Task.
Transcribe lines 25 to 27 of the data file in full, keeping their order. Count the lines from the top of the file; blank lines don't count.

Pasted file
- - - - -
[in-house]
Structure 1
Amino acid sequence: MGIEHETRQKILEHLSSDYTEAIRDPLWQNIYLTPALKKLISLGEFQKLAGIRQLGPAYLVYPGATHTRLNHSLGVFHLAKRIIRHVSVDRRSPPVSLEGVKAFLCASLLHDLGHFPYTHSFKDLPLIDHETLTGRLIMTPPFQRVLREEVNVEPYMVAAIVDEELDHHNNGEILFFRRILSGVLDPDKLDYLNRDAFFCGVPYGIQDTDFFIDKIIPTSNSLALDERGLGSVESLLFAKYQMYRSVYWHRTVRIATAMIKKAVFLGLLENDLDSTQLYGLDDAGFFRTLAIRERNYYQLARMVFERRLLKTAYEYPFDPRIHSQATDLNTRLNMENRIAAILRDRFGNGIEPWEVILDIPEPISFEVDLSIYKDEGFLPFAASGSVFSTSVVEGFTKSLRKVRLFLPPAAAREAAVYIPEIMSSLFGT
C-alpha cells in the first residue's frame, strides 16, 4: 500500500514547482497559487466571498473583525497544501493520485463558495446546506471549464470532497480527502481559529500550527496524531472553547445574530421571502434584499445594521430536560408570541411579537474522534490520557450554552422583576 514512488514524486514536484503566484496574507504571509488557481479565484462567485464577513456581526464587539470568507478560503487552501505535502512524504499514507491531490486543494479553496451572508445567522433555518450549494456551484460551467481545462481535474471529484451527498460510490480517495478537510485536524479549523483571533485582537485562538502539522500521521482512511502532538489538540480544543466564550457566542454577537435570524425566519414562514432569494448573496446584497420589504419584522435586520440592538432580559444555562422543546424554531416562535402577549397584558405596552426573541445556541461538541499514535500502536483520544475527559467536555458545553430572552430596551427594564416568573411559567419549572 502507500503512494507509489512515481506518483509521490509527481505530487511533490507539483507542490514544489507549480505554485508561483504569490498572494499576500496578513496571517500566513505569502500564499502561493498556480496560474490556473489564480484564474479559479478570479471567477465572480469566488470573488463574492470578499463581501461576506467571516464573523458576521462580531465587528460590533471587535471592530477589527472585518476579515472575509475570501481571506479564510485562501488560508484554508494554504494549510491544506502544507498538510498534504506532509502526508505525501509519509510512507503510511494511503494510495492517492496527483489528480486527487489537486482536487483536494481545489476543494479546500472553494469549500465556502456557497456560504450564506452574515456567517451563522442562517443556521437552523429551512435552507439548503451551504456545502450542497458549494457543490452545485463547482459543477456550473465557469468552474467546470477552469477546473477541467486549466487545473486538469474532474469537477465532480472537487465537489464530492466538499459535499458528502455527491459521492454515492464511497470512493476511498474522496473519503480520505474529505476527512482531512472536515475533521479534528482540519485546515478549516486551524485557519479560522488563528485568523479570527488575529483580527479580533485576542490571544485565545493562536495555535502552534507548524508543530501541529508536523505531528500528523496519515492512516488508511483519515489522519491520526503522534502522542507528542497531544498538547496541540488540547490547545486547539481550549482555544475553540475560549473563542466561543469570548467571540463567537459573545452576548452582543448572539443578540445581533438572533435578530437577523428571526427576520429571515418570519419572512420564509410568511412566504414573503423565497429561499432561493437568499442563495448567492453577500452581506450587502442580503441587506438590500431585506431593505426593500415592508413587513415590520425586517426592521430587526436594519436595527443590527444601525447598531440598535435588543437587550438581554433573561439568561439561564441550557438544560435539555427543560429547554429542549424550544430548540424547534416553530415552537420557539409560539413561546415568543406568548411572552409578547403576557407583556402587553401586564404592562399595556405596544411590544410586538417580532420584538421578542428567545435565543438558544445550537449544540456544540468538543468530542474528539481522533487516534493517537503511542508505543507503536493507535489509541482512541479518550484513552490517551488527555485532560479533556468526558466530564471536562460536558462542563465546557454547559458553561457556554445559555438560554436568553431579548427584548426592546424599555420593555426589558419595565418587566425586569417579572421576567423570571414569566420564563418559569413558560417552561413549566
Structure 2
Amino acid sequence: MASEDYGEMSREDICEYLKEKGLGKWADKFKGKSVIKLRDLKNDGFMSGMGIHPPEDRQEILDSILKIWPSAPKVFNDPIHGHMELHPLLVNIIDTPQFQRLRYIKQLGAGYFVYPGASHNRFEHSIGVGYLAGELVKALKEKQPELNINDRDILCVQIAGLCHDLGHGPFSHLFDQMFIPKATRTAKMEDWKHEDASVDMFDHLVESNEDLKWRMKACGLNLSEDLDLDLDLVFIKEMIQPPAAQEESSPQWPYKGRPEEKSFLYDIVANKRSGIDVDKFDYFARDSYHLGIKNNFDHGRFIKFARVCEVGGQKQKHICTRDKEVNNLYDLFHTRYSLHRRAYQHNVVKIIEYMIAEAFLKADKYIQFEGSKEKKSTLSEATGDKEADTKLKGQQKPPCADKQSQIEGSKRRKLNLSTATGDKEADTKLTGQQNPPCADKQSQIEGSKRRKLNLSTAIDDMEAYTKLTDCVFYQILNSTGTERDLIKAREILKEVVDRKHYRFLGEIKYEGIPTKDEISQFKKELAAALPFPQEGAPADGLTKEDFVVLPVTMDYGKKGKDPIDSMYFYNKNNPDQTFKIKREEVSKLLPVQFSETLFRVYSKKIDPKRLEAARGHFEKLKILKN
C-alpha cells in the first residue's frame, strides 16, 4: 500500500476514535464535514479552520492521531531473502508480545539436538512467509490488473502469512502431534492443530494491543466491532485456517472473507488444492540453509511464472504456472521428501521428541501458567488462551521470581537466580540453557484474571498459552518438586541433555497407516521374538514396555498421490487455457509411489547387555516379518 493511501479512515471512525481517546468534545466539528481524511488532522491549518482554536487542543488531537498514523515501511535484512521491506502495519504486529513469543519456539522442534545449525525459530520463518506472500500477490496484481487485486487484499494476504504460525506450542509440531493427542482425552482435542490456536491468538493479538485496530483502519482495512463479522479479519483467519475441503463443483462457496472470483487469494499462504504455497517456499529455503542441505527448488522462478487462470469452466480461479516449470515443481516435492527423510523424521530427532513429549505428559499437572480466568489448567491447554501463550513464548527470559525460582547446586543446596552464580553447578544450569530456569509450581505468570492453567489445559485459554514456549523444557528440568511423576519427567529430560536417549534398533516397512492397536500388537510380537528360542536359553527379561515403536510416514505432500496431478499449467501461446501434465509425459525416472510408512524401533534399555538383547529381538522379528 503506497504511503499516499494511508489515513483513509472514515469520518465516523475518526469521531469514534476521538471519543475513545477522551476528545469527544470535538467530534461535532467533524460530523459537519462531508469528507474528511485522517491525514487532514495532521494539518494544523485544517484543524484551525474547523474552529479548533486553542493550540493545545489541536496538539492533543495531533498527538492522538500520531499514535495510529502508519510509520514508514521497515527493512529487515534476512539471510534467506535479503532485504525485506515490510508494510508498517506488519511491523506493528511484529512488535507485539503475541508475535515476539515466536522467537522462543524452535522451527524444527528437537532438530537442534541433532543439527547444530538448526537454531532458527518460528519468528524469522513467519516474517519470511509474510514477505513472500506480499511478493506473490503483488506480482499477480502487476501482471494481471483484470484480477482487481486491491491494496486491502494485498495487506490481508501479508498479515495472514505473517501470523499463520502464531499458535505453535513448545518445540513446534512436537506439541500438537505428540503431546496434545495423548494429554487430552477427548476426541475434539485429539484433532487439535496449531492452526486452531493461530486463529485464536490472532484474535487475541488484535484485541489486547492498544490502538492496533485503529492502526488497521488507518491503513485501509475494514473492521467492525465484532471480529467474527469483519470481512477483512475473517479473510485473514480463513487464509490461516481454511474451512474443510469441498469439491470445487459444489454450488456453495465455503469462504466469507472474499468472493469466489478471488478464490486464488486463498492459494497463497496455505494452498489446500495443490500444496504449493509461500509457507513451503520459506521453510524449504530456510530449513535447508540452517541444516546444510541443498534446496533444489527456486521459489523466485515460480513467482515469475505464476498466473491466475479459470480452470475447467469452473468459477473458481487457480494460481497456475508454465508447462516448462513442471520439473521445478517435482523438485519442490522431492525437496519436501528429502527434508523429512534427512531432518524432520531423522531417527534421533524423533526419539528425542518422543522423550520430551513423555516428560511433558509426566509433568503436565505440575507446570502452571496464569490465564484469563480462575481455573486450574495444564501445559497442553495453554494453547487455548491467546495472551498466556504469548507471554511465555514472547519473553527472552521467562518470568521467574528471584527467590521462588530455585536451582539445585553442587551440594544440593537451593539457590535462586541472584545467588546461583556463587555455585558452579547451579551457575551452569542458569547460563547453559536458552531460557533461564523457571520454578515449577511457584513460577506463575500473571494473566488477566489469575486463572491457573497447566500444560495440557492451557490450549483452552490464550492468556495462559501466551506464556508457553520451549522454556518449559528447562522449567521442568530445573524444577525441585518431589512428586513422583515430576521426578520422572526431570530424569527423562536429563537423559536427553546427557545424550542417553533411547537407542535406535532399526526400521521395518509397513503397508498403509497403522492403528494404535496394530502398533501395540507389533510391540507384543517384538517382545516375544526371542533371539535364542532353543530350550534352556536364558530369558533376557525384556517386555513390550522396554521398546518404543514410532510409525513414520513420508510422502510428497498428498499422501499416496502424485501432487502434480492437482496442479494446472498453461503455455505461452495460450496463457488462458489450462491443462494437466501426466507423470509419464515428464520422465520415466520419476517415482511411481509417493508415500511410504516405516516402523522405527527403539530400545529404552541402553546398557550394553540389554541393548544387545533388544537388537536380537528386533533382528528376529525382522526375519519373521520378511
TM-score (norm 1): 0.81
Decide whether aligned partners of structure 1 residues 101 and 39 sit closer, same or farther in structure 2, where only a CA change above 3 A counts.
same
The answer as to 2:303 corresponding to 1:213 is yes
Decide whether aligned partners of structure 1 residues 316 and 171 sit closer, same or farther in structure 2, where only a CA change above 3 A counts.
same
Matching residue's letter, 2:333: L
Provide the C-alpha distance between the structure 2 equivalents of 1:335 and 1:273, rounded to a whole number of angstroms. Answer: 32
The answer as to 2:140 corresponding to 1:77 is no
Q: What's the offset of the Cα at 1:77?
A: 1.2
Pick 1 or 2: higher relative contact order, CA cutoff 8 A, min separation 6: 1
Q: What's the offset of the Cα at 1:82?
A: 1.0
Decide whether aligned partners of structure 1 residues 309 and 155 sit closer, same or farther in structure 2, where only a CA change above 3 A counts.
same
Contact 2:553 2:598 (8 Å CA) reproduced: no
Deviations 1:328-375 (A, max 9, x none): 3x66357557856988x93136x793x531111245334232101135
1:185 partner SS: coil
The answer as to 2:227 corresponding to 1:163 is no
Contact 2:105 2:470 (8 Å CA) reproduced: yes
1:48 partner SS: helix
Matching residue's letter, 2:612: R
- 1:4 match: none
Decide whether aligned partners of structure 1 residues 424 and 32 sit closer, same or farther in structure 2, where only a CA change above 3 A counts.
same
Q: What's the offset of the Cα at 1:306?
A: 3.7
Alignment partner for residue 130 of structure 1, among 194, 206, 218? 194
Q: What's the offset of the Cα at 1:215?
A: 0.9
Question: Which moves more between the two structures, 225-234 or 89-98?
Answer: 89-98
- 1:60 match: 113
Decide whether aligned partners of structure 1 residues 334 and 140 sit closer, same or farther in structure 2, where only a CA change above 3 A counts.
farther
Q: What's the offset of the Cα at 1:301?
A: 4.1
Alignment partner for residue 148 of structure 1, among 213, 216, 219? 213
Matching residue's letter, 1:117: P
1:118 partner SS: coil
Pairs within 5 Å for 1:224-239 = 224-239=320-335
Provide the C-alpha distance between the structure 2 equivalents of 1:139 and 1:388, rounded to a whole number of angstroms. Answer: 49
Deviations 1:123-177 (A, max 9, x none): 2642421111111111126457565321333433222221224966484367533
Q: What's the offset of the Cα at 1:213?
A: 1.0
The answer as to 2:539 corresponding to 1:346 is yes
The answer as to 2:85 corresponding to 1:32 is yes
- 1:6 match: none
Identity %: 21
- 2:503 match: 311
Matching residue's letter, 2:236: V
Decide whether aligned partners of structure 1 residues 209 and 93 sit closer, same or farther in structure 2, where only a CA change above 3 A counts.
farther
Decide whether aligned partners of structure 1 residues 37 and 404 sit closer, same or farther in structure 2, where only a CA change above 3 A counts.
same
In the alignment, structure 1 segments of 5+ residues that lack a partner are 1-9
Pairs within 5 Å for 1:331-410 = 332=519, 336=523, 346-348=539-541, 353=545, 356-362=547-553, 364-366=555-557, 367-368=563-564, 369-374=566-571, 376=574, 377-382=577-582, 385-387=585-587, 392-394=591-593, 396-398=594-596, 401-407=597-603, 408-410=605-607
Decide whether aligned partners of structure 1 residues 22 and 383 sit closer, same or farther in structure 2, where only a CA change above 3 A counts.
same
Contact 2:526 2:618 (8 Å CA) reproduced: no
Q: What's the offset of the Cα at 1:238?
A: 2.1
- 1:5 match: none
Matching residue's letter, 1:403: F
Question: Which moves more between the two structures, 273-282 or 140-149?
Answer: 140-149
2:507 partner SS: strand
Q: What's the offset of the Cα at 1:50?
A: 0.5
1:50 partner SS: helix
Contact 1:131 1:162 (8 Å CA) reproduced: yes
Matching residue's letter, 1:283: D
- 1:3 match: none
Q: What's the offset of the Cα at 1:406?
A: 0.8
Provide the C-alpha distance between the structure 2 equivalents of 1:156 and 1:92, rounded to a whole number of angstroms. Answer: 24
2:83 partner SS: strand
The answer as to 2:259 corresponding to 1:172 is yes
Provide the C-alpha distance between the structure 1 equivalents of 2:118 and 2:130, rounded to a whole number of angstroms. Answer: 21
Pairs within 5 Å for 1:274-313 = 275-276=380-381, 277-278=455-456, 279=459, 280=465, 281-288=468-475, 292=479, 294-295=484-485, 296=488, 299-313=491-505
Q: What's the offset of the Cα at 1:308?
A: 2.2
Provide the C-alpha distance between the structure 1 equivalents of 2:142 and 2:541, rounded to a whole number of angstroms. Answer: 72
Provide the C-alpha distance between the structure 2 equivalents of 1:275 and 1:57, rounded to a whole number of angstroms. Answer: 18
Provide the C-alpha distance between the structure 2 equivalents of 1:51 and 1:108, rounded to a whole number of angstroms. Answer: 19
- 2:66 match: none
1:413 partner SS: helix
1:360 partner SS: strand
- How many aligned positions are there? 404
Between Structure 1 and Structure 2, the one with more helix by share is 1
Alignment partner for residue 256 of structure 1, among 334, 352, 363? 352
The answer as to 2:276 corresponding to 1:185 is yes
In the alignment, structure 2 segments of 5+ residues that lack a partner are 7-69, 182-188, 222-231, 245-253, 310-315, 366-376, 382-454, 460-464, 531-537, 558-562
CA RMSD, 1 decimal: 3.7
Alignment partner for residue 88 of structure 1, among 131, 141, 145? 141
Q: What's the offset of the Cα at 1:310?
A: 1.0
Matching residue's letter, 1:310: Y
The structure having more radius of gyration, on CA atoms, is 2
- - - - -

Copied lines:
Deviations 1:328-375 (A, max 9, x none): 3x66357557856988x93136x793x531111245334232101135
1:185 partner SS: coil
The answer as to 2:227 corresponding to 1:163 is no